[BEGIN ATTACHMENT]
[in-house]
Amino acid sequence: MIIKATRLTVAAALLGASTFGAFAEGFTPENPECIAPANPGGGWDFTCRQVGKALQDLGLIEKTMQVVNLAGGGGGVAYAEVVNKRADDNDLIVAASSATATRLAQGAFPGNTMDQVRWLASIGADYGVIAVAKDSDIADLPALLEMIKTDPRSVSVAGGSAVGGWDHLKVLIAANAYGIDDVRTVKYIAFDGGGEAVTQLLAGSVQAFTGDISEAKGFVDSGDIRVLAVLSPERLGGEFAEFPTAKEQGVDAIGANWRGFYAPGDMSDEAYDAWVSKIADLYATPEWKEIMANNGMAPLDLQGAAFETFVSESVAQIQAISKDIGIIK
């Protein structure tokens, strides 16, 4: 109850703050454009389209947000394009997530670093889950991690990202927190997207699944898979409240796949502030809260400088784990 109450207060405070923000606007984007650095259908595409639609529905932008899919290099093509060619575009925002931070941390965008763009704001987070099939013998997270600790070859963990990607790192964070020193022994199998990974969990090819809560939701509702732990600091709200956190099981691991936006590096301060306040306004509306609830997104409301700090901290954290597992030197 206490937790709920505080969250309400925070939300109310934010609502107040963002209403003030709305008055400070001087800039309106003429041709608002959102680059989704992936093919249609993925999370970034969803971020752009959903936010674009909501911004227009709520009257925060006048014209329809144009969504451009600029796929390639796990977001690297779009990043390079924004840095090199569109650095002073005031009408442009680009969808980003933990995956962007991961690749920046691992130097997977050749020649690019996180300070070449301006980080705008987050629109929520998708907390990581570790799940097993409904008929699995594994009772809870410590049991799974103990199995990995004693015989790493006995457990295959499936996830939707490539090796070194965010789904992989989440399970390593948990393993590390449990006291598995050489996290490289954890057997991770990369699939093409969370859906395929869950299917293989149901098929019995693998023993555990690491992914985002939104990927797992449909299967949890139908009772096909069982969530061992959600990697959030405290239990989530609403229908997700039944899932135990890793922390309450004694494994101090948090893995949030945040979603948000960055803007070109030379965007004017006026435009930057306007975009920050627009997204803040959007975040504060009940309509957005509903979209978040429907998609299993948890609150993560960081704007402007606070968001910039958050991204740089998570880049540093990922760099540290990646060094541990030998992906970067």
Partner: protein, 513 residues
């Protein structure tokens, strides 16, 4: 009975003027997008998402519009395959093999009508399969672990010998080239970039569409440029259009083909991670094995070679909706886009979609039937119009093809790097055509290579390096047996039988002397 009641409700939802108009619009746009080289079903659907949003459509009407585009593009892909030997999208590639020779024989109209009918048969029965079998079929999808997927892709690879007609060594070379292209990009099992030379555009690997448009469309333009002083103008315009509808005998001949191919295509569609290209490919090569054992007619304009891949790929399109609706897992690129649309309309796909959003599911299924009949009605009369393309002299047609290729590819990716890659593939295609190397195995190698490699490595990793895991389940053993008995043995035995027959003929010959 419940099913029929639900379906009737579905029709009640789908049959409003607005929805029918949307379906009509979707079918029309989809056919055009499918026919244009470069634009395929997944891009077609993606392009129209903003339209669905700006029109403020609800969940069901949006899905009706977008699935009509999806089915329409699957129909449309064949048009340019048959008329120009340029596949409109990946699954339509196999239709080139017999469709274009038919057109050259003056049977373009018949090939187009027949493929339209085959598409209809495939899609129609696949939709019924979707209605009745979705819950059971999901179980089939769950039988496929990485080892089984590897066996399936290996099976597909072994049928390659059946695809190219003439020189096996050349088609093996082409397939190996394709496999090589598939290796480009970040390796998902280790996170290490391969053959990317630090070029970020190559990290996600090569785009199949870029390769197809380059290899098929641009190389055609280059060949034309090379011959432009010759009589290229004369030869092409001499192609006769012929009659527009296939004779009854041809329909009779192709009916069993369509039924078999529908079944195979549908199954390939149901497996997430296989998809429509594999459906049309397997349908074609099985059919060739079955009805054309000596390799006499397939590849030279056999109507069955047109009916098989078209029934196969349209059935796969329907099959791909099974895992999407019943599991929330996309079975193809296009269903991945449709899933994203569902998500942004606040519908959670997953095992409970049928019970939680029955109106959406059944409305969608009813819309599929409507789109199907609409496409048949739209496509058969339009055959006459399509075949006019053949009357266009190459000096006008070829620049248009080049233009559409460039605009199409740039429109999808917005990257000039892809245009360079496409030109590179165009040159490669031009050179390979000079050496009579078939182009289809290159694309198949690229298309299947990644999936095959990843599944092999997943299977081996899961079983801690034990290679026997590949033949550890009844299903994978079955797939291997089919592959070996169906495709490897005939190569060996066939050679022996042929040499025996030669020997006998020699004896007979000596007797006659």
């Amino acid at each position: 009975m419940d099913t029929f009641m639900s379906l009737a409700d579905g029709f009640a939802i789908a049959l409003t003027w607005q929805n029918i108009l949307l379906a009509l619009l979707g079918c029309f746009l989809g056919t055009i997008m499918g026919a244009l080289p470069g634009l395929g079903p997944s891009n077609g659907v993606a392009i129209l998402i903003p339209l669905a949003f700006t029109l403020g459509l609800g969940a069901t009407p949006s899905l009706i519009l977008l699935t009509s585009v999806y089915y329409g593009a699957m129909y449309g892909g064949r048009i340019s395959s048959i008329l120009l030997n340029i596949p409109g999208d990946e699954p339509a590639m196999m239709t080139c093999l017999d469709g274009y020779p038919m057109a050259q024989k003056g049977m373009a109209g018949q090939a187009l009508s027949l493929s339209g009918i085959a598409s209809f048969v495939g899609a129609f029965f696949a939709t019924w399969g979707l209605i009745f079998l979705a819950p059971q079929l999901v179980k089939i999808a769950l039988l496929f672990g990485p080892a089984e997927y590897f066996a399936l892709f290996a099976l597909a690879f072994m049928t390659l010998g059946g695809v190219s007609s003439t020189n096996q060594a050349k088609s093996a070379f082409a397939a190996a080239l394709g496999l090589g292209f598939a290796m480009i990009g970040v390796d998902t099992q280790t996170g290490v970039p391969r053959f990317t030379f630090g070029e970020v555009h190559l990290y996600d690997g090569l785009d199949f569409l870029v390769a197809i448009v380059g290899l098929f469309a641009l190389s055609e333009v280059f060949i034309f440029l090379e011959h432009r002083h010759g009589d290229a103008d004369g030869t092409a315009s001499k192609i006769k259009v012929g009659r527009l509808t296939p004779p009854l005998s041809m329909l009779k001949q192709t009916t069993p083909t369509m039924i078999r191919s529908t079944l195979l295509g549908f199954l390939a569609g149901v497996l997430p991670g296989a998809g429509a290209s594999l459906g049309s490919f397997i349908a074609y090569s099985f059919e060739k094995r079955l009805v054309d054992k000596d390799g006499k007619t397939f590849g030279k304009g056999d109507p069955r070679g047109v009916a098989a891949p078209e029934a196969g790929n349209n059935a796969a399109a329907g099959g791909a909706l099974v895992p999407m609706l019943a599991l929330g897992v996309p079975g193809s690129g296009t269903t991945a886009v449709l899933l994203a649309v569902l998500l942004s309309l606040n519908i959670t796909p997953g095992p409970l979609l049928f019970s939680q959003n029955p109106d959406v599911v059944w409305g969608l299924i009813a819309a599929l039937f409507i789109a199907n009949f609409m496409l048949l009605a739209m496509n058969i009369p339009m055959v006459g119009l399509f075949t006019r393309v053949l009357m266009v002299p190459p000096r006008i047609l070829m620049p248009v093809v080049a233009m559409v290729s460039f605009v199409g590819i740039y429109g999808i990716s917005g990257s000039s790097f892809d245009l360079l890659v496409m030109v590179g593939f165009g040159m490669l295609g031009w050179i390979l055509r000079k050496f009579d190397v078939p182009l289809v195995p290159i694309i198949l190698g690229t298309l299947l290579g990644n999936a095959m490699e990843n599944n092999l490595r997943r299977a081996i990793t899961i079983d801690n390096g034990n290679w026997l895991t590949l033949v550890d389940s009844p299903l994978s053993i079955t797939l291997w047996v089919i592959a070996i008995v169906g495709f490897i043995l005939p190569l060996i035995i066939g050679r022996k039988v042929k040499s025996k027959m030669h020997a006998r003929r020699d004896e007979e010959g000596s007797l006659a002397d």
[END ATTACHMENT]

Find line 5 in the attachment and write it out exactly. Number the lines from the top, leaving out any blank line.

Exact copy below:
């Protein structure tokens, strides 16, 4: 009975003027997008998402519009395959093999009508399969672990010998080239970039569409440029259009083909991670094995070679909706886009979609039937119009093809790097055509290579390096047996039988002397 009641409700939802108009619009746009080289079903659907949003459509009407585009593009892909030997999208590639020779024989109209009918048969029965079998079929999808997927892709690879007609060594070379292209990009099992030379555009690997448009469309333009002083103008315009509808005998001949191919295509569609290209490919090569054992007619304009891949790929399109609706897992690129649309309309796909959003599911299924009949009605009369393309002299047609290729590819990716890659593939295609190397195995190698490699490595990793895991389940053993008995043995035995027959003929010959 419940099913029929639900379906009737579905029709009640789908049959409003607005929805029918949307379906009509979707079918029309989809056919055009499918026919244009470069634009395929997944891009077609993606392009129209903003339209669905700006029109403020609800969940069901949006899905009706977008699935009509999806089915329409699957129909449309064949048009340019048959008329120009340029596949409109990946699954339509196999239709080139017999469709274009038919057109050259003056049977373009018949090939187009027949493929339209085959598409209809495939899609129609696949939709019924979707209605009745979705819950059971999901179980089939769950039988496929990485080892089984590897066996399936290996099976597909072994049928390659059946695809190219003439020189096996050349088609093996082409397939190996394709496999090589598939290796480009970040390796998902280790996170290490391969053959990317630090070029970020190559990290996600090569785009199949870029390769197809380059290899098929641009190389055609280059060949034309090379011959432009010759009589290229004369030869092409001499192609006769012929009659527009296939004779009854041809329909009779192709009916069993369509039924078999529908079944195979549908199954390939149901497996997430296989998809429509594999459906049309397997349908074609099985059919060739079955009805054309000596390799006499397939590849030279056999109507069955047109009916098989078209029934196969349209059935796969329907099959791909099974895992999407019943599991929330996309079975193809296009269903991945449709899933994203569902998500942004606040519908959670997953095992409970049928019970939680029955109106959406059944409305969608009813819309599929409507789109199907609409496409048949739209496509058969339009055959006459399509075949006019053949009357266009190459000096006008070829620049248009080049233009559409460039605009199409740039429109999808917005990257000039892809245009360079496409030109590179165009040159490669031009050179390979000079050496009579078939182009289809290159694309198949690229298309299947990644999936095959990843599944092999997943299977081996899961079983801690034990290679026997590949033949550890009844299903994978079955797939291997089919592959070996169906495709490897005939190569060996066939050679022996042929040499025996030669020997006998020699004896007979000596007797006659």